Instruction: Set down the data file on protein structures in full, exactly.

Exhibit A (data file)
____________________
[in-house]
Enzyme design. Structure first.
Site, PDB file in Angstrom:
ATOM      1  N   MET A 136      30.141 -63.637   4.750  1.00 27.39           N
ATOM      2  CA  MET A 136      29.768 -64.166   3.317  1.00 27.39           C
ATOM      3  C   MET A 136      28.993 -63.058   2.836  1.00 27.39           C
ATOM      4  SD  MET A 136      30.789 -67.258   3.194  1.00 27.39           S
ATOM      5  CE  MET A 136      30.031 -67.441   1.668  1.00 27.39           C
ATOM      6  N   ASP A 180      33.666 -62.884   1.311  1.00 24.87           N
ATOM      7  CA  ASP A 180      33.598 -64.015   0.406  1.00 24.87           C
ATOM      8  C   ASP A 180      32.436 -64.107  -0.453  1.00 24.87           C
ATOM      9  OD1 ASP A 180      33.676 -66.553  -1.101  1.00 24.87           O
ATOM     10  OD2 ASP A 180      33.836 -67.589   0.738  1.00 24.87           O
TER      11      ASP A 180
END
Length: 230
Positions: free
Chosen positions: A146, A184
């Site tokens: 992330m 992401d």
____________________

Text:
[in-house]
Enzyme design. Structure first.
Site, PDB file in Angstrom:
ATOM      1  N   MET A 136      30.141 -63.637   4.750  1.00 27.39           N
ATOM      2  CA  MET A 136      29.768 -64.166   3.317  1.00 27.39           C
ATOM      3  C   MET A 136      28.993 -63.058   2.836  1.00 27.39           C
ATOM      4  SD  MET A 136      30.789 -67.258   3.194  1.00 27.39           S
ATOM      5  CE  MET A 136      30.031 -67.441   1.668  1.00 27.39           C
ATOM      6  N   ASP A 180      33.666 -62.884   1.311  1.00 24.87           N
ATOM      7  CA  ASP A 180      33.598 -64.015   0.406  1.00 24.87           C
ATOM      8  C   ASP A 180      32.436 -64.107  -0.453  1.00 24.87           C
ATOM      9  OD1 ASP A 180      33.676 -66.553  -1.101  1.00 24.87           O
ATOM     10  OD2 ASP A 180      33.836 -67.589   0.738  1.00 24.87           O
TER      11      ASP A 180
END
Length: 230
Positions: free
Chosen positions: A146, A184
């Site tokens: 992330m 992401d």